Butterfly Garden, a spring delight!

What is butterfly gardening?


Simply put, ‘butterfly gardening’ is the art of growing flowers and plants that will attract these colorful and dainty creatures to your garden.

Butterfly gardening has become one of the most popular hobbies today. What could bring more joy than a beautiful butterfly fluttering around your garden? Attracting butterflies to your garden not only can bring a sense of delight.


Reasons for Butterfly Gardening

Some people only like to look at the butterflies, while others like to take pictures as well. Others try to help the butterfly population by planting native plants which rare or threatened butterflies feed on. Done correctly, butterfly gardening can increase the populations of butterflies. Many butterflies are becoming less abundant as a result of habitat destruction and fragmentation, and they do not feed on the plants regularly found in gardens. Others may also help in tagging monarch butterflies, which helps scientists monitor the monarch population and their migratory routes.

Your first step should be to find out which butterflies are in your area. You can do this by spending some time outdoors with your field guide to see which species are around.

Plant your butterfly garden in a sunny location (5-6 hours each day), but sheltered from the winds. They need the sun to warm themselves, but they won’t want to feed in an area where they are constantly fighting the wind to stay on the plants.

Butterflies need water just like we do. Keep a mud puddle damp in a sunny location, or fill a bucket with sand and enough water to make the sand moist. It is also a good idea to place a few flat stones in your sunny location so the butterflies can take a break while warming up.


Butterfly-attracting plants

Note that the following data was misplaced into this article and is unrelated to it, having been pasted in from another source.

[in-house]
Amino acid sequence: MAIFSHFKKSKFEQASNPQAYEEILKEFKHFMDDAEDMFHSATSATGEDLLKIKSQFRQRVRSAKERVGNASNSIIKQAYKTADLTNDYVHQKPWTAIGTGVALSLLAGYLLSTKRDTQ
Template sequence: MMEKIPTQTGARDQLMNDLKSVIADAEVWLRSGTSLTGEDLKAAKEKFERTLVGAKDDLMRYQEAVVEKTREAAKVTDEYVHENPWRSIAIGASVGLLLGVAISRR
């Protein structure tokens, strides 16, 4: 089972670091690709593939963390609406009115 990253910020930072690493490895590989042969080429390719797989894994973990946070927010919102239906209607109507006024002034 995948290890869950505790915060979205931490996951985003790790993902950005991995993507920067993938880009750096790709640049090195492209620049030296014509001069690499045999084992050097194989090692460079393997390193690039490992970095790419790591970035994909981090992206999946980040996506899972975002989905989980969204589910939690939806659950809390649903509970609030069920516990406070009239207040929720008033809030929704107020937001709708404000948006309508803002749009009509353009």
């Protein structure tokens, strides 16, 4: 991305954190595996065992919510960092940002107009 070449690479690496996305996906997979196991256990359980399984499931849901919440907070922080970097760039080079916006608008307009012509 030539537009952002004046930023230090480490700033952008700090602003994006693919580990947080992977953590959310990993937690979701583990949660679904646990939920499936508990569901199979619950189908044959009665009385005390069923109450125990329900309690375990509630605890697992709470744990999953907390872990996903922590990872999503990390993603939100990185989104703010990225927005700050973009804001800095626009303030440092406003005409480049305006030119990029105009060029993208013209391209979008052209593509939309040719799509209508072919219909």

Butterflies use two different types of plants – those that provide nectar for the adults to eat (nectar plant), and those that provide food for their offspring (host plant). It is best to find out which plant species are native to your area and plant those rather than exotic species. Research should be conducted as to what species are prevalent in your area, and what plants they prefer to nectar on.

Depending on your zone, some butterfly attracting plants include: purple cone flowers (echinacea purpurea), yellow cone flowers, sunflowers, marigolds, poppies, cosmos, salvias, some lilies, asters, coreopsis, daisies, verbenas, milkweed (especially for the Monarch butterfly, whose caterpillars feed solely on this plant), the butterfly bush (also called buddleia), zinnias, and others.


The MONARCH CATAPILLAR

In addition to expanding the number of species seen in your yard, provide host plants that feed the caterpillars. This is just as important as planting flower beds with nectar-rich blooms.

Below are list of the more common butterflies with their host and nectar plants.

BUTTERFLY CATERPILLAR HOST PLANT BUTTERFLY NECTAR SOURCE
American Painted Lady Everlasting, Daisy, Burdock Aster, Dogbane, Goldenrod, Mallow, Privet, Vetch
American Snout Hackberry Aster, Dogbane, Dogwood, Goldenrod, Pepperbush
Anise Swallowtail Queen Anne’s Lace Buddleia, Joe Pye Weed
Baltimore Checkerspot Turtlehead, False Foxglove, Plantain Milkweed, Viburnum, Wild Rose
Black Swallowtail Parsley, Dill, Fennel Aster, Buddleia, Joe Pye Weed, Alfalfa
Clouded Sulphur Clover Goldenrod, Grape Hyacinth, Marigold
Cloudless Sulphur Cassia, Apple, Clover Zinnia, Butterfly Bush, Cosmos, Cushion Mum
Comma Elm, Hops, Nettle Butterfly Bush, Dandelion
Common Buckeye Snapdragon, Loosestrife Carpetweed
Common Checkered Skipper Mallow/Hollyhock Shepherd’s needles, Fleabane, Aster, Red Clover
Common Sulphur Vetch Aster, Dogbane, Goldenrod
Common Wood-nymph Purpletop Grass Purple Coneflower